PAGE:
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Academy Award® Winner
The story about how a bureaucratic Washington insider quietly became the most powerful man in the world as Vice-President to George W. Bush, reshaping the country and the globe in ways that we still...  View more >

Starring Christian Bale, Amy Adams, Steve Carell...  View more >

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Reviews Summary

Please Note: Reader Reviews are submitted by the readers of The BigScreen Cinema Guide and represent their own personal opinions regarding this movie, and do not represent the views of The BigScreen Cinema Guide, or any of its associated entities.

Dec 29, 2018
I went to see Vice last night and came away with mixed reactions: found the first half flat and disappointing, the second remarkably better. The reason in a nutshell is Sam Rockwell, whose George W. Bush simply steals the show from Christian Bale (Dick Cheney), as to a lesser extent do Amy Adams as Lynne Cheney and Steve Carell, pitch-perfect as Donald Rumsfeld. Bale, lumpishly there at the center of every scene, is just not much fun to watch. He catches Cheney’s weird mannerisms and demeanor expertly, but somehow the net effect is too labored and relentless. Like the hectoring narration that is especially prominent early on, he seems overly concerned to prevent the slightest hint of an inkling of sympathy for Cheney, as if that were ever going to be a problem. Rockwell, by contrast, seems to be genuinely enjoying W, in all his amiable overmatched goofiness, and (like Carell) dares to make him likeable.

Those who want art to be nothing but politics by other means will not be amused, I suspect, but I was. To me, the reminder that W could be a heckuva fun guy only makes the film’s political message deeper and truer. We get some brilliant glimpses of the way the American system tends to sift out and elevate men who are not really evil — just mediocre, cloistered, privileged, unreflective, supremely ambitious, and white — and of how their clueless mismanagement of the unthinkable power bestowed on them is never really ill-intentioned.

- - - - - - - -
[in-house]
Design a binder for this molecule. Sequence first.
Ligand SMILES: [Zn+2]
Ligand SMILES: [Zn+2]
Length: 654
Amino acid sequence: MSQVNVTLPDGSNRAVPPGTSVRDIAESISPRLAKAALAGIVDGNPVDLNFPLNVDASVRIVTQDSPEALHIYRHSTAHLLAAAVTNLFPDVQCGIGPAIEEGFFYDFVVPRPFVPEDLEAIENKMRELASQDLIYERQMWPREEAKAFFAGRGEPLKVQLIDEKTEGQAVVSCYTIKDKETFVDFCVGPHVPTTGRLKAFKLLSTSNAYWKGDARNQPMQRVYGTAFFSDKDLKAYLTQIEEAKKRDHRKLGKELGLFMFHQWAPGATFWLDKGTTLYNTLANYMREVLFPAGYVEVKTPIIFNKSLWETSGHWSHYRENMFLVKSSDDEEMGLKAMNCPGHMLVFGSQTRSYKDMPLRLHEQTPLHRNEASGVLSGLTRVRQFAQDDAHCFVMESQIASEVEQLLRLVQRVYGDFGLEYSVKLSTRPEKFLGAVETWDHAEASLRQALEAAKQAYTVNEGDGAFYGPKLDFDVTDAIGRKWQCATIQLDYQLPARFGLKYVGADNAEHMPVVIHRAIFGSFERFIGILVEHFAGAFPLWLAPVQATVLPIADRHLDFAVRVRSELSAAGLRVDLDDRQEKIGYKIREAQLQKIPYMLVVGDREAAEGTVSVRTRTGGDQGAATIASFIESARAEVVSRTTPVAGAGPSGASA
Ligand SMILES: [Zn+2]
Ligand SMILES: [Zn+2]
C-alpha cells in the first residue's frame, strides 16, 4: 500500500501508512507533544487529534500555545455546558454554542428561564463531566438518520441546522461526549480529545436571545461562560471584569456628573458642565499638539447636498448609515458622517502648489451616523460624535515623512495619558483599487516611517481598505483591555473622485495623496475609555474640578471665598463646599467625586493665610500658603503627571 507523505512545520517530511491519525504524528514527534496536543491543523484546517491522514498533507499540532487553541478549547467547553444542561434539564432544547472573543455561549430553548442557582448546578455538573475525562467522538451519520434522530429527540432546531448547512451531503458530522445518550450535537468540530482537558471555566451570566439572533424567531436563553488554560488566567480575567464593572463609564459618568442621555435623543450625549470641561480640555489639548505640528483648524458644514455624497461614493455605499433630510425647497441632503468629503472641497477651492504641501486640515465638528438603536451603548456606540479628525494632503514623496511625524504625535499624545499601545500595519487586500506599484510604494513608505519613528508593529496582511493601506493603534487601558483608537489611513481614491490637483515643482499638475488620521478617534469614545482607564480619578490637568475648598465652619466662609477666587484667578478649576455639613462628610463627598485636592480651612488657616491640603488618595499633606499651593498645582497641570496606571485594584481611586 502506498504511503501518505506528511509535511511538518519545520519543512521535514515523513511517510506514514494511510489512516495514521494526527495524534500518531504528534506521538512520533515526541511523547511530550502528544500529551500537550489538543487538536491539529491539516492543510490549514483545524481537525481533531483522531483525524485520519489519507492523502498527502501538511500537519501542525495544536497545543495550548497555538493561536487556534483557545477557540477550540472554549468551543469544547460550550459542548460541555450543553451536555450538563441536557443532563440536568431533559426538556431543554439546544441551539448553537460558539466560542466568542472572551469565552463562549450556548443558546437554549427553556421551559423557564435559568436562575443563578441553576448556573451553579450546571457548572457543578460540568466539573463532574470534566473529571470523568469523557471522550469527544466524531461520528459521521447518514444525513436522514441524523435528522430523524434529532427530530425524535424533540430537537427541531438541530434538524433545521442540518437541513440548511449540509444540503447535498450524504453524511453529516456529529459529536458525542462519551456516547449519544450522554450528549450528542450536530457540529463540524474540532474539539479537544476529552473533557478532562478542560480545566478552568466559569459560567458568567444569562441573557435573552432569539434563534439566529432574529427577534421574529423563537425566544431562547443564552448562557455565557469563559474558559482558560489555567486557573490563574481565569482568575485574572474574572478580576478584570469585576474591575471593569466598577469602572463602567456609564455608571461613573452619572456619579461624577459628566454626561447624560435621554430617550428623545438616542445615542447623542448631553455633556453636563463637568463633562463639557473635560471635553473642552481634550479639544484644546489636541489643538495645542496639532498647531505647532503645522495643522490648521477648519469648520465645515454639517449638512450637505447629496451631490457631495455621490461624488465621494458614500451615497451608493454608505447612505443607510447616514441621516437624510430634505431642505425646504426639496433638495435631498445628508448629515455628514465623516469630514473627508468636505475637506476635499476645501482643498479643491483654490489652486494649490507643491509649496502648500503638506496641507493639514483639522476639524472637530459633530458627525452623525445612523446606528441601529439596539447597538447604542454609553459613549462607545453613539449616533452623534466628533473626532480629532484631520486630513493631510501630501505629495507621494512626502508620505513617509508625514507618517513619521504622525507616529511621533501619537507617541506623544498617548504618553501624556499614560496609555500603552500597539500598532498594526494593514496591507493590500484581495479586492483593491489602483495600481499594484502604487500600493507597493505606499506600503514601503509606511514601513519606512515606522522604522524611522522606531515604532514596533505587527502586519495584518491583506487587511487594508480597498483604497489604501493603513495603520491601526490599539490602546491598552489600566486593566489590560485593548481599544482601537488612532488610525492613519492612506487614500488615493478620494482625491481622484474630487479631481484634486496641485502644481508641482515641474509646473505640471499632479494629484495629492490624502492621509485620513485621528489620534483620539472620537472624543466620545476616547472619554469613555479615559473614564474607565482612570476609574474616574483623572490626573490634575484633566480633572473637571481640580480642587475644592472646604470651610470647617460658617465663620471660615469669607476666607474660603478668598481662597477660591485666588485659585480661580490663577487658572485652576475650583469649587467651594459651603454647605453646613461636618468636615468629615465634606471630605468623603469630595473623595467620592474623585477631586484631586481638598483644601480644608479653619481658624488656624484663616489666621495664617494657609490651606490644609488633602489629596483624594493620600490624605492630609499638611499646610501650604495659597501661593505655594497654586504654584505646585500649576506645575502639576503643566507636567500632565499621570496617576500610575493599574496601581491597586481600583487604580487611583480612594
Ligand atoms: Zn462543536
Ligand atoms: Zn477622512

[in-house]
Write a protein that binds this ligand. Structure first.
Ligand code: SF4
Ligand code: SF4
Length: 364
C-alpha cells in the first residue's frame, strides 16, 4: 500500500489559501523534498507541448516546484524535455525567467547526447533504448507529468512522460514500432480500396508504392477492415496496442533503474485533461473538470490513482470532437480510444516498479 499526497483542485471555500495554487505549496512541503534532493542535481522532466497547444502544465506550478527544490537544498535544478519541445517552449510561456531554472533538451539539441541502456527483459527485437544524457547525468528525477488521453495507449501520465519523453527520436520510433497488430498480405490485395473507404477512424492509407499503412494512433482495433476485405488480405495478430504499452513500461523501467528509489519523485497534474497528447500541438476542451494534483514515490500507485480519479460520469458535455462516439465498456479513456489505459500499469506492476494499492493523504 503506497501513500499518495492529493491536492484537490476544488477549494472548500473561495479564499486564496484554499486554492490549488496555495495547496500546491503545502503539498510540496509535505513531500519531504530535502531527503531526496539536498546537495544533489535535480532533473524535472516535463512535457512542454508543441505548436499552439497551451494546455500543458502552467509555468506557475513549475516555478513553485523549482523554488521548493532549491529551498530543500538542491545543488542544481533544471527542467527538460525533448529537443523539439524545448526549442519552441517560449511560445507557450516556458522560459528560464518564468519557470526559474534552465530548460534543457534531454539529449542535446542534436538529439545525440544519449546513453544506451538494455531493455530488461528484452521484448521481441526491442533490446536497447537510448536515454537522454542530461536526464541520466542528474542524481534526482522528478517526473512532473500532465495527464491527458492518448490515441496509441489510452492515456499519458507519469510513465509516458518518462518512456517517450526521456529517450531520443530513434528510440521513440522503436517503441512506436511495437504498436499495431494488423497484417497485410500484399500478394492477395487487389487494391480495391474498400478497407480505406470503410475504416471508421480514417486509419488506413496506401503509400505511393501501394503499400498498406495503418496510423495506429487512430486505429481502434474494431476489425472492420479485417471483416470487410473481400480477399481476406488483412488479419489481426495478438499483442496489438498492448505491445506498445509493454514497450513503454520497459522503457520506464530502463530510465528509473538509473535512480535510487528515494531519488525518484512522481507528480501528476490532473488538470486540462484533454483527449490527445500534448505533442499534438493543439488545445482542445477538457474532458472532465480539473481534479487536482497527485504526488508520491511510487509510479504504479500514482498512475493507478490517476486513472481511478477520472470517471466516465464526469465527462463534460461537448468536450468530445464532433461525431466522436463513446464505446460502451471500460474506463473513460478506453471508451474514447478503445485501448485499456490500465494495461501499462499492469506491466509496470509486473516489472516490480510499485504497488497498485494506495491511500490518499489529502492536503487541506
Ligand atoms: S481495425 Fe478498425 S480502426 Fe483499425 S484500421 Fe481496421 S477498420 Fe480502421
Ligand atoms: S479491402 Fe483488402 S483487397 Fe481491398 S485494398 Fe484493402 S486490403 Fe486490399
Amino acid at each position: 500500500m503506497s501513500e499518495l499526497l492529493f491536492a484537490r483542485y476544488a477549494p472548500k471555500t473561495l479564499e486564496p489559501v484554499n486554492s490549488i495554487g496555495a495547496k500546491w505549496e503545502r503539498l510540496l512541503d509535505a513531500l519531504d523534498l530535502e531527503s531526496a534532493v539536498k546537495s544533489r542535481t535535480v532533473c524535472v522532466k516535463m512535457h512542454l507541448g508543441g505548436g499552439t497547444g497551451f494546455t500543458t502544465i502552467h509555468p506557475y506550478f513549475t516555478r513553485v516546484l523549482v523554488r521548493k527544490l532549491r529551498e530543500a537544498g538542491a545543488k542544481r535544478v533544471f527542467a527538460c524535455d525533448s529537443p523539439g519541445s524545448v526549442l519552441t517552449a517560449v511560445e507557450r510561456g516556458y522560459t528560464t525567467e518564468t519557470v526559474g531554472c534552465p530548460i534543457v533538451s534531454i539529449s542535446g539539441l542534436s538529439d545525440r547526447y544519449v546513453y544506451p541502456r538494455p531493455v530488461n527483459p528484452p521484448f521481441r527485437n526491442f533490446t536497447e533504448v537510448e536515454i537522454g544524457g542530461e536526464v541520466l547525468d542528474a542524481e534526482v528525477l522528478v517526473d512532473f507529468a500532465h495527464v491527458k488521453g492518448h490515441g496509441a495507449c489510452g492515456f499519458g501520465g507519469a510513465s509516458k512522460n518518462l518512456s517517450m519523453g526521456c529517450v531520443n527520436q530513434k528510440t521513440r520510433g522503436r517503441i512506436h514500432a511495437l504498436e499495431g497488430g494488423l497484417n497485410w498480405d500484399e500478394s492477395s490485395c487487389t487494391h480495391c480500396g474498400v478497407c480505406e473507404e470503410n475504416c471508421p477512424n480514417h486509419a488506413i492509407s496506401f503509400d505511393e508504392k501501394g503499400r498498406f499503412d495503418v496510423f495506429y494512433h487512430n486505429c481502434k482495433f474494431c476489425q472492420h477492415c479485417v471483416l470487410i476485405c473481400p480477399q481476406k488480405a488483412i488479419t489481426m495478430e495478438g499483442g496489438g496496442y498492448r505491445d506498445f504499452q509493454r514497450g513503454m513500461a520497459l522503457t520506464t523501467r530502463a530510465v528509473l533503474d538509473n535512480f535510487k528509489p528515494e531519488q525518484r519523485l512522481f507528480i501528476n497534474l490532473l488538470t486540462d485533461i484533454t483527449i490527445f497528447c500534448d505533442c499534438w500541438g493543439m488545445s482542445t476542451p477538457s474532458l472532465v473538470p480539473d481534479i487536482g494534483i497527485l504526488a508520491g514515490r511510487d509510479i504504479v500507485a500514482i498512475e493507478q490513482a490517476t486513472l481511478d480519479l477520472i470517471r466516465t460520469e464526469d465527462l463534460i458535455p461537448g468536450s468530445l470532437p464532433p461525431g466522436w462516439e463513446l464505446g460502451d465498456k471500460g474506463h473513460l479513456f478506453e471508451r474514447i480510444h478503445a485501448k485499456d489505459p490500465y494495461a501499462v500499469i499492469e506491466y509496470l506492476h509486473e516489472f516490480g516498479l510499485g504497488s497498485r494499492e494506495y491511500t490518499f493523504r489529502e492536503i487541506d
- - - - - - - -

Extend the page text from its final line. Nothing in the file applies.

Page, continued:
I won’t be in a hurry, but this may be one of those movies that I like much better on a second viewing, as it seemed to be teaching me how to watch it. There is a ton of Brechtian or postmodern (can we still call it that?) “deliberate distancing,” accomplished by sudden cuts, awkward camera angles, random editing, and constant shuffling of the narrative. Early on I found this heavy-handed and somewhat pointless; about midway through it began to click for me, growing clever, apropos, and even funny. A late montage or whatever they call it, overlaying scenes from Cheney’s heart surgery with moments from his retirement years (a la the settling-all-family-business sequence in The Godfather) seemed to work especially well. Bale’s frame-breaking valediction to the voters / audience was great.

So see it, but don’t expect to enjoy it, exactly.
Jan 2, 2019